Knowing his Hankook’s were going to have to last, Müller kept a solid pace, dropping off of Rast’s tail, but also allowing him to build a gap on those still on their starting tyres and allowing the Swiss racer to claim 3rd once the last of the stoppers removed themselves from the action out front.
Frijns secured 4th with a late charge. As the last driver to stop, the Dutchman led for a brief period in the middle section of the race, but fell to 8th when he peeled off on lap 25. Passes on Green (lap 26), di Resta (lap 27), Rockenfeller (lap 35) and Duval (lap 36) gave Frijns a reasonable top four finish – a reasonable result following a bad start from 5th left him 7th by Druids on the opening tour.
Duval came home 5th in his Audi. From the second row, he lost a place as strategy unfolded and then another when Frijns when by. Duval had to work hatrd to keep a charging Eng at bay in the final tours. A good start from the sixth row propelled Eng to 9th on the opening tour, with the Austrian Eng staying out late in a similar fashion to Frijns.
Eng emerged further down the order, but a late charge taking Jonathan Aberdein (R-Motorsport Aston Martin Vantage), Sheldon van der Linde (BMW), di Resta (around the outside of Paddock Hill Bend, before finishing the move around Druids) and Rockenfeller brought Eng to the tail of Duval. It was as much as he could do – the BMW racer ended the day some sixth-tenths shy of Duval at the line, but still earning solid points in the process.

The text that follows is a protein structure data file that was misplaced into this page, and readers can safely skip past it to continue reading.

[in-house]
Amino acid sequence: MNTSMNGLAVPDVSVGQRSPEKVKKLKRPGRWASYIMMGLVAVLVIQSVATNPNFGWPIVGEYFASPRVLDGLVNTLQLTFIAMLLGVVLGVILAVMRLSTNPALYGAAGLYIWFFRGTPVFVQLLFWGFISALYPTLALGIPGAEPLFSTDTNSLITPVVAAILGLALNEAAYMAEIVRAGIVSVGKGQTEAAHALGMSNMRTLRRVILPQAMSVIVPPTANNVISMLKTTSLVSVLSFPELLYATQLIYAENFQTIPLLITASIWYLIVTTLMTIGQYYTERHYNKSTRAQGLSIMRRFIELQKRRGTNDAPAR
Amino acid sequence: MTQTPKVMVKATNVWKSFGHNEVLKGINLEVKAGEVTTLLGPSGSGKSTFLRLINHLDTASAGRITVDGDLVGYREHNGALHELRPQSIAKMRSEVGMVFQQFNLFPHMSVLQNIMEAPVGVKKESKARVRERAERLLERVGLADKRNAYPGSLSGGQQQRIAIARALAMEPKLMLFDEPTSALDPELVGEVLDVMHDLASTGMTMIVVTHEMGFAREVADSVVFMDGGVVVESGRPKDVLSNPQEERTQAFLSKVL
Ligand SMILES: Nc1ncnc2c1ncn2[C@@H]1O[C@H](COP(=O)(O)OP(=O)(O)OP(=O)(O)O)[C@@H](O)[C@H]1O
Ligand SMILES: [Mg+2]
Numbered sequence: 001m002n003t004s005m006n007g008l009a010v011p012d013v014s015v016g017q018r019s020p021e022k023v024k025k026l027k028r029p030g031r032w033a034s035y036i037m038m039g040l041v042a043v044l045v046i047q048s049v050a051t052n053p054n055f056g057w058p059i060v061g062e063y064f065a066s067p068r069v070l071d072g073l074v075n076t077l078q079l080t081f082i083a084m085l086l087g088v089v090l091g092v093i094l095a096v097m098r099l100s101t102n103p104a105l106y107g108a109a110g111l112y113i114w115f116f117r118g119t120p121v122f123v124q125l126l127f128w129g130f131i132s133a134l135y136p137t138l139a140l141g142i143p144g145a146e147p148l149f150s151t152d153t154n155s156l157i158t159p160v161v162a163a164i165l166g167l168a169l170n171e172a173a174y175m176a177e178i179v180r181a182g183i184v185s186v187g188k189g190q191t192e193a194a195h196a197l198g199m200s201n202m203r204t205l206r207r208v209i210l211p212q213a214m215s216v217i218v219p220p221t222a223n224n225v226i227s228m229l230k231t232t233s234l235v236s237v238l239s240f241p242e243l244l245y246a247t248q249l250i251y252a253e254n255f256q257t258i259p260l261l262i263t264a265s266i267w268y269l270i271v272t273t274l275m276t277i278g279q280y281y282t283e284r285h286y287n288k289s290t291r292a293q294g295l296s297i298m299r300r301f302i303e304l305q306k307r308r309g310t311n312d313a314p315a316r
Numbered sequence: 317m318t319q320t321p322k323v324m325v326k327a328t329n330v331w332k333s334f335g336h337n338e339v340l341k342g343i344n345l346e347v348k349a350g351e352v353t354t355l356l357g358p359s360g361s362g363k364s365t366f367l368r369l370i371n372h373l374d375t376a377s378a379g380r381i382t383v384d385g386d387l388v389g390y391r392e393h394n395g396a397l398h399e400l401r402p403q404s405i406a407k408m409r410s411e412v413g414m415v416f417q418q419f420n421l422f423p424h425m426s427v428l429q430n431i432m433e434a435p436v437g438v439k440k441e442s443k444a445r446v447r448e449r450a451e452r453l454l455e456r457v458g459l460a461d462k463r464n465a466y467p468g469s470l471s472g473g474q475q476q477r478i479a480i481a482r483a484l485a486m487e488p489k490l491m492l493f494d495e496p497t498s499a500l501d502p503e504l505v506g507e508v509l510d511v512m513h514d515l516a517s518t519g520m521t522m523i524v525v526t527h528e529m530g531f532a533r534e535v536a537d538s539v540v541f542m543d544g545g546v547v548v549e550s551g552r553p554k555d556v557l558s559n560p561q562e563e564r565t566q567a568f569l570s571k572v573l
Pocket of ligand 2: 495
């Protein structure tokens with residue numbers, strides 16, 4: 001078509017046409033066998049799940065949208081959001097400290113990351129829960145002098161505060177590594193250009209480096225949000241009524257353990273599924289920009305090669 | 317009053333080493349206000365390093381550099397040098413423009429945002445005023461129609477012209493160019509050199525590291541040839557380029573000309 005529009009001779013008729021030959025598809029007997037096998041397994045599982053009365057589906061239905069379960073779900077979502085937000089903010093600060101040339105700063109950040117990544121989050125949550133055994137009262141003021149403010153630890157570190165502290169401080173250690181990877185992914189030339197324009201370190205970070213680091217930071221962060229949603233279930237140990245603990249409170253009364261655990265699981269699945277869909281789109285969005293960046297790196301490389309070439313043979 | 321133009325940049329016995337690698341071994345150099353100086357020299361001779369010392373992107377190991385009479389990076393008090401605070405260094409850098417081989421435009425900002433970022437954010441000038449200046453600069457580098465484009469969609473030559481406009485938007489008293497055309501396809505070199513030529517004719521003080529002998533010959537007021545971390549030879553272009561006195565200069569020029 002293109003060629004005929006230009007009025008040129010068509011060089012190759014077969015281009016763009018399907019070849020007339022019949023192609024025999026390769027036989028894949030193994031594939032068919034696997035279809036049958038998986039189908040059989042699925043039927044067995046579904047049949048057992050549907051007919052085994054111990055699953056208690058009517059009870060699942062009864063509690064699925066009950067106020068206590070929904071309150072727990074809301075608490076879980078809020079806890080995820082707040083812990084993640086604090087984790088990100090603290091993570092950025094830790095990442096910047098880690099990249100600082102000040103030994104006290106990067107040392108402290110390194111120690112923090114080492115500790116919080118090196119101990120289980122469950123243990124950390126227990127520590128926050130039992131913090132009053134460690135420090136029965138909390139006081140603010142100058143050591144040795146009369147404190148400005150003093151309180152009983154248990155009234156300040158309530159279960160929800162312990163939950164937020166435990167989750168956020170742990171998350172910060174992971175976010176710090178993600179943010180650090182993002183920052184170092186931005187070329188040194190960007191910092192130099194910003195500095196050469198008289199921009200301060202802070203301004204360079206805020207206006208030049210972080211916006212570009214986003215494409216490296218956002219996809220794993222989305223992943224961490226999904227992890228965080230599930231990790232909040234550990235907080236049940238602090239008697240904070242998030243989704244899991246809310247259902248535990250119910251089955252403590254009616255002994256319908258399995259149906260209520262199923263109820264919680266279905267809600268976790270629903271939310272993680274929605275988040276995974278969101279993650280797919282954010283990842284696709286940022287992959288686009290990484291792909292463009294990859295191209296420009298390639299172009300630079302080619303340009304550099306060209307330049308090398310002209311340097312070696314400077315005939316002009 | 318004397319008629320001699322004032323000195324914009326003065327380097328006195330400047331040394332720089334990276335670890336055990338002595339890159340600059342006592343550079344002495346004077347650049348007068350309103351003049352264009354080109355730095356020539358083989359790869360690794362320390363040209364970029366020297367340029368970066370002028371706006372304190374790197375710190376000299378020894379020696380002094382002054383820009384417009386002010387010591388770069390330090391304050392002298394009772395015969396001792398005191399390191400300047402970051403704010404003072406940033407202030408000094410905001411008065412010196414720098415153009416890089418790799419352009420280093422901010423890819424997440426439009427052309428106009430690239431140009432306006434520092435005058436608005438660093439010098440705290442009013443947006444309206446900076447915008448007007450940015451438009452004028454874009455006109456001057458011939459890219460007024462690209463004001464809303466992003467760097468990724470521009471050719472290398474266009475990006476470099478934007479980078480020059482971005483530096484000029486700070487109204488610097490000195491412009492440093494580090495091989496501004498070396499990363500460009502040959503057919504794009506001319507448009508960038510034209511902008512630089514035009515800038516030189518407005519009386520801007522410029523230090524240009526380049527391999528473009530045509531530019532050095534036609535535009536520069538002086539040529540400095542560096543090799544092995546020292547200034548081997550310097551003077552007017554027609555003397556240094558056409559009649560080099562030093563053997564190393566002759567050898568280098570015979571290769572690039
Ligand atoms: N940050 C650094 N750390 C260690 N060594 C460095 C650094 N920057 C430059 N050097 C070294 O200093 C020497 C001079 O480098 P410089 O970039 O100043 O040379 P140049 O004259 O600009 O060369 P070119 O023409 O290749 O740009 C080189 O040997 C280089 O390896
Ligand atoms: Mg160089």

Mike Rockenfeller enjoyed a quiet race to claim 7th. Once Eng had passed, the former Le Mans winner fell away from the top six fight but held more than enough of a gap over van der Linde to ease his RS 5 DTM home.
Van der Linde secured 8th and four points, several seconds ahead of the Aberdein and Dani Juncadella fight over 9th and 10th places. It may have a case of “what if” for both drivers, as Aberdein went off during qualifying, forcing him to start last, while Juncadella was involved in a clash with Timo Glock at the start that earned the Spaniard a drive through penalty.
Green endured a tough race to finish 11th, ahead of Spengler (12th), while a hampered Glock took 13th and last. After being hit at the start, the former F1 driver was helpless and could not avoid Jake Dennis (R-Motorsport Aston), with the Briton receiving severe damage, forcing him to retire immediately.
Ferdinand Habsburg’s (R-Motorsport Aston) race became a test session, when his internal jack failed during his pitstop. This forced his team to manually jack up the car to allow a tyre change. He pitted a second time later in the race, as the Austrian secured unfussed laps around the Kent circuit.
Joel Ericsson did not start. The Swede had his qualifying times deleted when his car was worked on during Parc Ferme conditions. The BMW was hampered by broken front and rear anti-roll bars, ending Ericsson’s day before it had even started.